25 March 2019
Throughout my years of car spotting, I have been fortunate to come across cars that are relatively rare here. Although there is a bucket list of cars that I want to see, I guess I should be thankful to see this 1933 MG K3 Magnette since I have never seen it ever since!
The MG K-Type was first launched in 1932 at the London Motor Show, and as with cars of that era, it was geared towards racing. The Magnette name signified its smaller engine capacity from its sibling, the Magna. It experienced great success in various racing events, most notably in the 1933 Mille Miglia when it outlasted the crowd-favourite Maseratis to clinch 1st place.
The K3 was the third iteration of the K-Type, and it was fitted with a 'preselector gearbox', which is a type of manual transmission that requires the driver to first select the desired gear before pushing a pedal on the floor to change it. Such gearboxes were more common back then, for example in Daimler vehicles and London buses, and they are still used today in tanks. Most units were powered by a 1087 cc supercharged i6 engine, allowing it to reach a top speed of 177 km/h with an acceleration of 14.6 seconds [0-120 km/h]. It was 3658 mm long and weighed 914 kg.
Production of K-Types ended in 1934 with only 33 K3s made. However, I believe this unit here is a replica since the original 33 units had either new bodies, engine swaps or were destroyed unfortunately. This is further confirmed by the registry, which implies that it has been fitted with a 1432 cc engine instead. When I first chanced upon it by accident in 2017, its registration number had not been updated yet, suggesting that it was a very recent import. For some reason, I haven't seen it at all ever since nor has it been seen by people on the road. I believe practically all of you would not have heard of it before, notwithstanding that its heyday was decades ago. I hope that I can see this in closer detail and probably find out more about its origin, maybe you'll get to see it some day!
18 March 2019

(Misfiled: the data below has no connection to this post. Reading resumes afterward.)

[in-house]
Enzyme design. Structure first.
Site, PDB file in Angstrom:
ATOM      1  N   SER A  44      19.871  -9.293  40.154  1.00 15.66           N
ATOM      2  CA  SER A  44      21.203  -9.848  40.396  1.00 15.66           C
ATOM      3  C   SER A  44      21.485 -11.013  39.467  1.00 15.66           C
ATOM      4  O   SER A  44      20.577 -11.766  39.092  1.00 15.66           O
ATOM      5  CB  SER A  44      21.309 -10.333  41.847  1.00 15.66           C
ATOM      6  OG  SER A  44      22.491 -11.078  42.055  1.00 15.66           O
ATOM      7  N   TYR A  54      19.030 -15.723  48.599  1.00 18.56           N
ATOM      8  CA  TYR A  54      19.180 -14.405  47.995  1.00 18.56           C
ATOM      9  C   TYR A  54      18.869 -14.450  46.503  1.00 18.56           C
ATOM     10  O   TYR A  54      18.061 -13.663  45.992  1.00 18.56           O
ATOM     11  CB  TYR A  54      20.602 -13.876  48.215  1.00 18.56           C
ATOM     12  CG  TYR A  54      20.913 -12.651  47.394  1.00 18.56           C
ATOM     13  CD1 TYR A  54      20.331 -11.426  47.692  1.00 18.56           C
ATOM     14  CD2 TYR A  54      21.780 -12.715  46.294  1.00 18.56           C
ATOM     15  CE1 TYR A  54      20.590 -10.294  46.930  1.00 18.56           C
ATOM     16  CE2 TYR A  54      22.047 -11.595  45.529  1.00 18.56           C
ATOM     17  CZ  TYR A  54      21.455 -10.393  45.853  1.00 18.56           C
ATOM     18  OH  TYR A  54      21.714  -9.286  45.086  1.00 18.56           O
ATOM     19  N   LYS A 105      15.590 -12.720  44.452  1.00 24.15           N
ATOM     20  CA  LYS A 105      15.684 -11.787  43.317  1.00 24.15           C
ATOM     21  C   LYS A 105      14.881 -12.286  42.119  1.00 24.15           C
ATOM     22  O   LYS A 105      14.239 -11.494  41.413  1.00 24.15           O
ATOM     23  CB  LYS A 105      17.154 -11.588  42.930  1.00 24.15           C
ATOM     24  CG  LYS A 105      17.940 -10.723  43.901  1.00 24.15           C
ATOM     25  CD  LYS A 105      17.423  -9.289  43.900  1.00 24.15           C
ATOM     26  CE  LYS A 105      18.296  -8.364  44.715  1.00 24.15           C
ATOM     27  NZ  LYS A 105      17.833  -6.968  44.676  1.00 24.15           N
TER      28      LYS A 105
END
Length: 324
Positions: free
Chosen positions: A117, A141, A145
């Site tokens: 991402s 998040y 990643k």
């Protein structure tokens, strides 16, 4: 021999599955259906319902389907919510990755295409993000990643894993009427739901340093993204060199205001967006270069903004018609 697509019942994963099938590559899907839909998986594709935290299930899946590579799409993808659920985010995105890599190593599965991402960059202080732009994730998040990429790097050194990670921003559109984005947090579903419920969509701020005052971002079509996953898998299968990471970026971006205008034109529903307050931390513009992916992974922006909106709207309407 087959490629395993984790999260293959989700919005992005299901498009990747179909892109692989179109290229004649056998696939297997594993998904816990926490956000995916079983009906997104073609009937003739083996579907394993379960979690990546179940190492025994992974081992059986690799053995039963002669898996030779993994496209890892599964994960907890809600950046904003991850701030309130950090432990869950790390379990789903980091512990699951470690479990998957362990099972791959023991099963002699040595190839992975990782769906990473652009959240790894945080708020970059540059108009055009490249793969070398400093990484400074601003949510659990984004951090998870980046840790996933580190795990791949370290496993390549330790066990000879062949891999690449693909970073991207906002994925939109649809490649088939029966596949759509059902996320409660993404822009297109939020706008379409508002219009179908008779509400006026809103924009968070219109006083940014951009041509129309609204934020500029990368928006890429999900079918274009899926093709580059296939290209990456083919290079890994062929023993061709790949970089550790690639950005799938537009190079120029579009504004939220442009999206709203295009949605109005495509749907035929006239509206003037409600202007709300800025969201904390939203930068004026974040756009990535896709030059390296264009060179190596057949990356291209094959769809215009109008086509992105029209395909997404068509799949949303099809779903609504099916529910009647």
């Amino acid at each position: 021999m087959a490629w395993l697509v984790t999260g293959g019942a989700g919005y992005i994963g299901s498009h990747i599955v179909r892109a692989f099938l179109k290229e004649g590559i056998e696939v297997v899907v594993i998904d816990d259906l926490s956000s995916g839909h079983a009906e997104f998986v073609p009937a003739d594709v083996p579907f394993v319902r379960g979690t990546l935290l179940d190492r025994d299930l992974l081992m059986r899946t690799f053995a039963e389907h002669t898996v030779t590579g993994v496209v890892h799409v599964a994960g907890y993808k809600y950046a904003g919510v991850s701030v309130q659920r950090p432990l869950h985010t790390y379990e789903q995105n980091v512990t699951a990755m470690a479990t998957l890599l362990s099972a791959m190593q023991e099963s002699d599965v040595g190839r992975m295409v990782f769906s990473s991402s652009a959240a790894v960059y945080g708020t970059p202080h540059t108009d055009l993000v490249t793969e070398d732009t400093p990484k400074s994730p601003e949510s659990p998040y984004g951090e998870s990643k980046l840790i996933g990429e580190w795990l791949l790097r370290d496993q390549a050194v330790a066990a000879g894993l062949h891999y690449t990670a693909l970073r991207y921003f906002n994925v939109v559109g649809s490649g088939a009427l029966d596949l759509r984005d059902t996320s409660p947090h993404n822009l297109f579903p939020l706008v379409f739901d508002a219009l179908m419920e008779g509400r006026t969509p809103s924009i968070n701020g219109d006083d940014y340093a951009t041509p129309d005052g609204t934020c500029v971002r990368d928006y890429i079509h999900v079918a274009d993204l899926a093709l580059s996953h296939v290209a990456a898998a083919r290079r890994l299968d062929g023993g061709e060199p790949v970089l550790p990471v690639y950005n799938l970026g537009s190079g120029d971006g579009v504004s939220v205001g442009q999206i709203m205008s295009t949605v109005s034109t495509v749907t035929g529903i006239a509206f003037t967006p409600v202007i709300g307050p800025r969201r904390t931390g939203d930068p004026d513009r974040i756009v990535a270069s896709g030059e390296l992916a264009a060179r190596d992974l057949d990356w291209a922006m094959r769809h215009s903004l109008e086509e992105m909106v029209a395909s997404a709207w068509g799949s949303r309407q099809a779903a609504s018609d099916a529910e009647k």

The Toyota Crown is a series of large executive cars which first appeared in 1955, and it is the longest-running passenger car nameplate under Toyota; the Corolla only appeared in 1966! Its name is a reference to a king's crown, which emphasized a state of luxury. Also, it is one of the few Toyota models to feature its own logo; other examples include the Alphard and Vellfire MPVs. The 4th generation of Crowns ie S60/S70 was launched in 1971 and was available in coupe, sedan, wagon and van variants. For the hardtop coupe, its styling strongly resembled those of contemporary American cars of its day such as the Ford Thunderbird and Ford Torino. Uniquely, it also has a vent on the top of the hood and the steeply-angled chin of the car gave rise to the "kujira" nickname (Japanese for 'whale').
Export models all featured the quad round headlights, while Japanese-market models had rectangular ones. There was a facelift in 1973 with the change to a chrome bumper, compared to the previous body-coloured ones. It was powered by a 1988 cc M i6 engine, allowing it to reach a top speed of 165 km/h. It was 4680 mm long and weighed 1310 kg, clearly befitting of its nickname.
Production of the 4th-generation Crown ended in 1974 with the introduction of the 5th generation model. This particular unit is currently the last one left in Singapore, and it still carries its original registration number. It was on sale back then before residing with its current owner, who has swapped the wheels with 'deep lip' rims. I really love how immaculate this rarity gleams, and the addition of the fender mirrors also lend a retro touch. According to newspaper clippings, advertisements for them appeared some time in 1973; evidently they were sold here previously. Old Crowns have all but died out due to exorbitant road taxes and lack of spare parts--it is impressive how this unit is the last man standing. If you are lucky, you may be able to see this whale ruling the roads just like yesteryear!
4 March 2019
Small cars are now increasingly popular among Singaporeans, due to the tax benefits from small engine capacity and parking space. Most of them are clearly Japanese, but I was quite surprised to see this tiny 1959 Austin A35 as well!
The Austin A35 was a small family saloon that was first produced in 1956. It was the successor of the A30 and shared various visual similarities, such as the rather cute-looking body which was designed in-house. This enabled the A35 to be lighter and stiffer than other vehicles of its time. During a test run in 1957, it handled well in traffic and had good fuel economy, a point which was important for buyers during the fuel crisis at that time. Different body styles were made: a 2/4-door saloon, an estate (station wagon) and a panel van. The 4-door saloon here was powered by a 948 cc A-Series i4 engine, allowing it to reach a top speed of 117 km/h with an acceleration of 30.1 seconds [0-100 km/h]. It was 3464 mm long and weighed 705 kg.
Production of the A35 stopped in 1968 for the van version and 1959 for the saloon version. Somehow, only 28,961 4-door saloons were made, more than 5 times less than the 2-door version. This particular unit, in a unique metallic pea green paint, still has its original registration number. Although it is not very evident from past newspaper records, A35s were sold here and this may be the last one on our shores! This car would not look too out of place among the small city cars that we have today. It would seem that the owner must really love this little machine so much that he/she still decides to keep it until today. Despite the relatively huge cars that ply our road, I believe you will be able to spot this one easily as well!